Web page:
Fri. Apr 19th, 2024

By HE Haitham Al Ghais, OPEC Secretary General.

If oil disappeared tomorrow, there would be no more jet fuel, gasoline or diesel. Internal combustion engine automobiles, buses, trucks, lorries and coaches would be stranded. Airplanes powered by jet fuel would be grounded. Freight and passenger rail powered by diesel would halt. People could not get to work; children could not get to school. The shipping industry, transporting both freight and passengers, would be devastated.

There would be no point calling emergency services. The majority of ambulances, fire engines, police cars, rescue helicopters and other emergency vehicles would be stationary. Most phones and computers would also vanish as their plastic components derive from oil, so it would be a struggle to find a way of communicating with the emergency services anyway.

The construction sector would halt, as diesel powered vehicles would be stranded: excavators, bulldozers, dump trucks, cranes, cement mixers, rollers and compact loaders would remain stationary. New homes or buildings could not be built or receive vital maintenance work. 

If oil disappeared tomorrow, petroleum based-products would vanish with it. This would impact the production of electric vehicles (EVs). Aside from the supply chains disruption, the structure of lithium-ion batteries would be affected. A lithium-ion battery has four parts: an anode, cathode, electrolyte and a separator. Separators are engineered microporous membranes, typically made of polyethylene or polypropylene  petroleum-based products. The petroleum-derived synthetic rubber used on car and bicycle tyres would cease to exist.

If oil disappeared tomorrow, food production would be devastated. Many of the vehicles necessary in agriculture  ̶ tractors, mowers, combine harvesters, balers, sprayers and seeders  ̶ would stop working. Food packaging necessary for storage and preservation would not be available. Petroleum coke, a by-product in oil refining, is used as a feedstock in manufacturing synthetic fertilizers, which are important in increasing crop yields. Food shortages and the knock on impacts would likely ensue.

If oil disappeared tomorrow, it would be catastrophic for health services everywhere. Staff would lack mobility, and essential supplies would be stranded. Beyond transportation, petroleum is an essential feedstock for pharmaceuticals, plastics and medical supplies.

Latex gloves, medical tubes, medical syringes, adhesives, some bandages, disinfectants, hand sanitizers, cleaning agents, prosthetics, artificial heart valves, resuscitation masks, stethoscopes, MRI scanners, insulin pens, infusion bags, medication packaging, face-masks, and Personal Protection Equipment are largely derived from petroleum-based materials. The equipment used in medical research such as microscopes, test tubes and goggles usually contain petroleum-derived components.

The chemical synthesis that creates aspirin begins with benzene, which is derived from petroleum. The benzene is converted to phenol, which in turn is converted to salicylic acid. This is then transformed into acetylsalicylic acid, which the world knows as aspirin.

It is difficult to conceive of a modern hospital without this range of essential petroleum-based products.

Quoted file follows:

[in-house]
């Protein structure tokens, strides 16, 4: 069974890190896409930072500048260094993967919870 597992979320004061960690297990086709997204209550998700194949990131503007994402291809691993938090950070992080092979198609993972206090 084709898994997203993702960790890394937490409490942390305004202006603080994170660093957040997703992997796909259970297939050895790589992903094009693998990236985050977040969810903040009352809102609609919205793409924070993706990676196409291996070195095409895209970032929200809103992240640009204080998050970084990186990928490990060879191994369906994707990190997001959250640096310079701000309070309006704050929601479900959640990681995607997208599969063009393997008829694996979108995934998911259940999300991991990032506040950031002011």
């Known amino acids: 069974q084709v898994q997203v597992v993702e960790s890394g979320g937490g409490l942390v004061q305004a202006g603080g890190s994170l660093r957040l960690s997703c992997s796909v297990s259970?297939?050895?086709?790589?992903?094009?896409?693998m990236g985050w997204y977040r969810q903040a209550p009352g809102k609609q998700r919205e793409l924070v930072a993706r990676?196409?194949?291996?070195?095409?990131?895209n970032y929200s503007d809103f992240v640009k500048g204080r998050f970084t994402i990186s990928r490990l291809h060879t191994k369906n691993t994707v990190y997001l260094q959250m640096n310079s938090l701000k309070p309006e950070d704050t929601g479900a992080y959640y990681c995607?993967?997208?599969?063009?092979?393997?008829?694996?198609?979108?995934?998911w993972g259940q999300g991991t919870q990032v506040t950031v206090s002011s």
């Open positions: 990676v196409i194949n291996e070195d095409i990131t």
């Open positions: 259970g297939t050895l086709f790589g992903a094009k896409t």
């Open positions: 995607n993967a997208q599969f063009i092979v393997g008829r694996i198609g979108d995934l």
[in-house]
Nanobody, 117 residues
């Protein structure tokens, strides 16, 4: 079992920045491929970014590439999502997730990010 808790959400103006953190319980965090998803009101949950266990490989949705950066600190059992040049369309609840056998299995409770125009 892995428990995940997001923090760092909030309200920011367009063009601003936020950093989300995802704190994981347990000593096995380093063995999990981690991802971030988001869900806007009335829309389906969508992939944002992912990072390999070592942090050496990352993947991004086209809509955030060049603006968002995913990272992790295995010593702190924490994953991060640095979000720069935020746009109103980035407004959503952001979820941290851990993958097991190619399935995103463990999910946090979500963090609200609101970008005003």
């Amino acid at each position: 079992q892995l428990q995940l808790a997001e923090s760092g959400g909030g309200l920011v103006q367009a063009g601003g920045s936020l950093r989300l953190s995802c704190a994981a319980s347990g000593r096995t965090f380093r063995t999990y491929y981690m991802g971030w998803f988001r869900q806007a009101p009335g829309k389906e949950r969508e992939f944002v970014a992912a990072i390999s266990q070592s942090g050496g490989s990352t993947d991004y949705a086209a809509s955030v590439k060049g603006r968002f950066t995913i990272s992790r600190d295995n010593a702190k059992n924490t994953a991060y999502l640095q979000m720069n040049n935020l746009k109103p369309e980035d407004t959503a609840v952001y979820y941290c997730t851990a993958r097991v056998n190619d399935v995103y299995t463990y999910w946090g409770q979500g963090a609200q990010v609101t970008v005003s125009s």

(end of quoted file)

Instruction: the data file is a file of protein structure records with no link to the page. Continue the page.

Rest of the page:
If oil disappeared tomorrow, the renewables industry would be impacted. The fibreglass, resin or plastic necessary for the construction of most wind turbines, would disappear. The ethylene used in the production of solar panels would vanish. Most of the mining vehicles  ̶ large trucks, rotary drill rigs and rock drills  ̶ necessary to extract the critical minerals upon which the production of solar photovoltaic plants, wind farms and EVs depend, would become stationary.

If oil disappeared tomorrow, homes would be transformed beyond recognition. There is the possibility roofs would collapse, for example, if bitumen was a key product. Other materials used in insulating homes would disappear. If you relied on heating oil to keep warm, that would go. The linoleum flooring and tiling would be impacted. Painting the walls would be a challenge. Furniture, pillows, rugs, curtains, dishes, cups and non-stick pans all are likely to be made from petroleum-derived products too.

It would be a challenge to stay clean or keep homes clean, if oil disappeared tomorrow. Laundry detergent and dish detergents usually derive from petroleum-based products. Soap, toothpaste, hand-lotion, deodorant, shampoo, shaving cream, eyeglasses, contact lenses, combs, brushes; all normally contain petroleum-derived products.

It would be a struggle to get anywhere, as the asphalt that paves roads and footpaths would vanish.

If oil disappeared tomorrow, millions of jobs would be lost. Tax revenues would be depleted. Industrial production would crimp. Economic growth would go into reverse. The plight of the fuel poor would be worsened.

This is not even the full list of everything that would be impacted, in such an unthinkable scenario.

Yet, despite these realities, there are calls saying ‘Just stop oil,’ ‘Keep it in the ground,’ or ‘don’t invest in new oil and gas projects.’

Of course, everybody wants to see greenhouse gas emissions reduced. OPEC believes that technological solutions and efficiency improvements can play a vital role. The oil industry is already proactive in this regard.

We need to be cautious of endangering the present, in the name of saving the future. It is important we all fully understand the immense benefits that oil, and the petroleum products derived from it, continue to provide to people and nations across the world.

Distributed by APO Group on behalf of African Energy Chamber.

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